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← Information.3.InformationAndProbability

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Showing Revision 4 created 09/23/2016 by Steven Gunawan.

  1. We've talked about information as bits,
    measuring information
  2. we've talked about counting, so we can use
    bits to count 0 0 0 1, 1 0 1 1,
  3. counting from zero up to three, modulo two.
  4. We've talked as bits as labeling,
  5. that we can use barcodes which are just
    bits to label things.
  6. And finally we've talked about how bits are
    physical,
  7. that all bits that we have in computers, all
    the bits of information that I'm conveying
  8. via the vibrations of my vocal chords and
    the vibrations of the air
  9. are actually physical systems, physical
    manifestations of information.
  10. And then we also talked about a discovery
    which is 150 years old,
  11. that all physical systems carry information,
  12. and that amount of information can be quantified.
  13. So number of bits is the logarithm to the base two
    of the number of possibilities,
  14. a result which ironically is inscribed on Boltzmann's
    grave.
  15. So now I'd like to give you another aspect
    of bits, and this a very 20th century aspect
  16. of bits of information.
  17. And that is the relationship between information
    and probability.
  18. So probability is something that we're all
    familiar with and all confused by,
  19. and I'm always confused by probability.
  20. Human beings are known to have a very bad
    intuitive sense of probability,
  21. we overestimate the probability of truly
    awful events,
  22. we underestimate the probability of fine,
    nice, normal events.
  23. Of course, from an evolutionary standpoint,
    overestimating the probability of some event
  24. like a sabretooth tiger dropping out of this
    tree and sinking his teeth into your neck,
  25. this is probably a good thing, which might
    be why.
  26. But there's a simple idea of probability,
    and let me try to demonstrate them right here.
  27. So let's take the example of heads and tails.
  28. I have here a nice shiny, new nickel that's
    been given to me by a member of the Santa Fe
  29. Institute, she didn't ask me to give it back
    either so I'm five cents ahead.
  30. So it can either be heads or tails.
  31. What do you think? What's the probability that
    it's head or that it's tails?
  32. Well I claim it's fifty-fifty. But why?
  33. Why is it one half? The probability that it's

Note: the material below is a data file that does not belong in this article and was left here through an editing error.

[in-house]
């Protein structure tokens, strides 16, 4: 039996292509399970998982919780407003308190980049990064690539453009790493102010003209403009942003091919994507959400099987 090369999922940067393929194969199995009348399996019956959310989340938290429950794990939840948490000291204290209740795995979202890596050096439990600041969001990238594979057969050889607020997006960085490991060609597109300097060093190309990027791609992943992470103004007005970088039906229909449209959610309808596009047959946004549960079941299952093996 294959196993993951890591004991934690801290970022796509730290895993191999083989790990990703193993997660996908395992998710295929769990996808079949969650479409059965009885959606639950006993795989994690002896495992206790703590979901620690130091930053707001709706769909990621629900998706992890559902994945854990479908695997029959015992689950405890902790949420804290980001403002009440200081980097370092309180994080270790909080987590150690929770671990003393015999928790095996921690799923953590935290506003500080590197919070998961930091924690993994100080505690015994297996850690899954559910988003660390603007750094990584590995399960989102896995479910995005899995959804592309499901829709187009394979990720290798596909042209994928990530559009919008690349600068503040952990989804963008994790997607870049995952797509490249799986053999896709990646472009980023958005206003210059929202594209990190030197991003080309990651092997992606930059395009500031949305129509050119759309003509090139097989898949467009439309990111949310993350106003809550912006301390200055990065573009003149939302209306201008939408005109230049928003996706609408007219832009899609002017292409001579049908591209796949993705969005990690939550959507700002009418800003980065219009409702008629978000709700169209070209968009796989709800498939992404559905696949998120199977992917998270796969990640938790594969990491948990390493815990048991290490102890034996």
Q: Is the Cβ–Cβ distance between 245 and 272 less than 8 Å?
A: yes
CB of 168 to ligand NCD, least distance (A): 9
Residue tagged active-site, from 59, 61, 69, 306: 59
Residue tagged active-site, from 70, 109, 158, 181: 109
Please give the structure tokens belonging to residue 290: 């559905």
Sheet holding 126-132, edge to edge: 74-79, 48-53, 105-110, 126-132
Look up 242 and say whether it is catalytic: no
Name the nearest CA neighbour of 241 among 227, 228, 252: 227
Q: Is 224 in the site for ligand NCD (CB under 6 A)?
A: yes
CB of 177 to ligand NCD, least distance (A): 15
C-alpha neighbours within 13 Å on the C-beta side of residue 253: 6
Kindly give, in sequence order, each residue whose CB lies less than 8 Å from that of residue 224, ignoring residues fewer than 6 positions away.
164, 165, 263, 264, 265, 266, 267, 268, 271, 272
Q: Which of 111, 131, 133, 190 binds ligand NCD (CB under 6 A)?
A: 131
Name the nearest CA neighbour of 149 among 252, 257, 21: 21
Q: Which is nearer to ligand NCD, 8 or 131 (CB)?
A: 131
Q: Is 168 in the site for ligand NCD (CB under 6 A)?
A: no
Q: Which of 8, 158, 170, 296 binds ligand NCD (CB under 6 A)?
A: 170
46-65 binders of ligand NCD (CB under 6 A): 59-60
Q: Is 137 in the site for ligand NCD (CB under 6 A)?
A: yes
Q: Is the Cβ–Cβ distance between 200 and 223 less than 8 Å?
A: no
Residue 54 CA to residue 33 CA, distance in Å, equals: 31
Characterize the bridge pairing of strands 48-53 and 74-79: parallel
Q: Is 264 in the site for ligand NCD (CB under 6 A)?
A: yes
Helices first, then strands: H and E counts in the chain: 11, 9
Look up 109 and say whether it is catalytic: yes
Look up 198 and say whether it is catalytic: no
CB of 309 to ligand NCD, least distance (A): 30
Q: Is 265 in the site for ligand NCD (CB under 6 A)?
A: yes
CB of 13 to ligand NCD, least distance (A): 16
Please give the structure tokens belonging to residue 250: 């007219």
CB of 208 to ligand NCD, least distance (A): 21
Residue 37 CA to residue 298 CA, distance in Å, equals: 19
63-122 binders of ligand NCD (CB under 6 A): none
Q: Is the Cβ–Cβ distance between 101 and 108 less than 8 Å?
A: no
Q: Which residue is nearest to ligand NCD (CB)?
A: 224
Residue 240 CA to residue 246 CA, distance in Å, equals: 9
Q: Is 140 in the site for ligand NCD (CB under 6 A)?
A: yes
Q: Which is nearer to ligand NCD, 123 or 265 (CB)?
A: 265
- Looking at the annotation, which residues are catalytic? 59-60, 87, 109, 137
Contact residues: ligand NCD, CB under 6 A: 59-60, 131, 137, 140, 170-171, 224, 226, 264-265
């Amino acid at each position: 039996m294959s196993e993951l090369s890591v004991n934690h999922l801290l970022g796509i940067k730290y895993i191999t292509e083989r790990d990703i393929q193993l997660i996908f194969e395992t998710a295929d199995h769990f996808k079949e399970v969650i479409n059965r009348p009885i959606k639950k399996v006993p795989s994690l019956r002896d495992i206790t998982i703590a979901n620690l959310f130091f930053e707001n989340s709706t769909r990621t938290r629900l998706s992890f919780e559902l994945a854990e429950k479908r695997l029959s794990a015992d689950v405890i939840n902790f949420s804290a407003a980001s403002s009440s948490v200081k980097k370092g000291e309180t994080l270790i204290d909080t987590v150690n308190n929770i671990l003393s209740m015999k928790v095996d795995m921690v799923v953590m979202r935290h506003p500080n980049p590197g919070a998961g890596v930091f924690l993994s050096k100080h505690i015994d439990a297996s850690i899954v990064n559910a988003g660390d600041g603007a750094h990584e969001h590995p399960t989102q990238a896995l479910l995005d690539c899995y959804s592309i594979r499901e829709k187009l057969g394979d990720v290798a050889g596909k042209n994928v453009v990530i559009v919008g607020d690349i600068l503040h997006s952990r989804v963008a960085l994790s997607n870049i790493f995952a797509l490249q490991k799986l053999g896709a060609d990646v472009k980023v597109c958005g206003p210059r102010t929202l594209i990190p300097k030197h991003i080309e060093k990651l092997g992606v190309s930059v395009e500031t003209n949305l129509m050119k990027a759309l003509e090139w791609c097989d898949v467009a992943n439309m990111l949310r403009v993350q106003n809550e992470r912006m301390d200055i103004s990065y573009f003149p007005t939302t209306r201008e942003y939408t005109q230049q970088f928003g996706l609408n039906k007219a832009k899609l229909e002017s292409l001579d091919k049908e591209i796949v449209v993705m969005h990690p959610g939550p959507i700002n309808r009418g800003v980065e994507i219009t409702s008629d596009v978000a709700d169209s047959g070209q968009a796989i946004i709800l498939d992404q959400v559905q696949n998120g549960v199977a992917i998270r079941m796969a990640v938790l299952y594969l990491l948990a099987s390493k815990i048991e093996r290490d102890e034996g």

heads or tails.
  34. It was tails, I swear.
  35. So there are two notions of probability for
    heads and tails.
  36. So one notion is - and I claim that this is the kind
    of nicest, most intuitive notion - when I just
  37. flip it like this, I wasn't watching it on the
    air, I didn't know how hard I flipped it,
  38. I didn't see it before I put it down there.
  39. I have no reason for preferring heads over
    tails.
  40. Heads over tails are just a priori they have
    equal weight.
  41. Heads. It was heads by the way, now the
    probability is one that it was heads,
  42. that's the funny thing about probabilities.
  43. First you don't know and you have ones that
    are probabilities.
  44. These are called prior or a priori probabilities.
  45. So probability of heads is equal to the
    probability of tails is one-half,
  46. because there is no reason to prefer heads
    over tails. This is a good argument.
  47. So this is the prior probabilities of heads
    or tails, it's 50 percent.
  48. But there's another argument about why
    the probability of heads and tails would be 50 percent.
  49. So let me just try it like this, let me just
    this coin a bunch of times.
  50. Tails.
  51. Heads.
  52. Heads.
  53. Heads.
  54. Tails.
  55. Heads.
  56. Tails.
  57. Heads.
  58. Heads.
  59. So I actually got seven heads and three tails
    out of ten tosses.
  60. That was kind of dull, this is the problem.
  61. With probability it's dull and confusing
    and to figure out what's going on,
  62. you have to do it many times.
  63. Because I don't think that you're going to
    agree that this shiny new United States nickel
  64. really has a probability of having seven out
    of ten of having heads and three out of ten of
  65. having tails.
  66. It was just the luck of the draw,
  67. or the luck of the toss.
  68. It just so happens that there were seven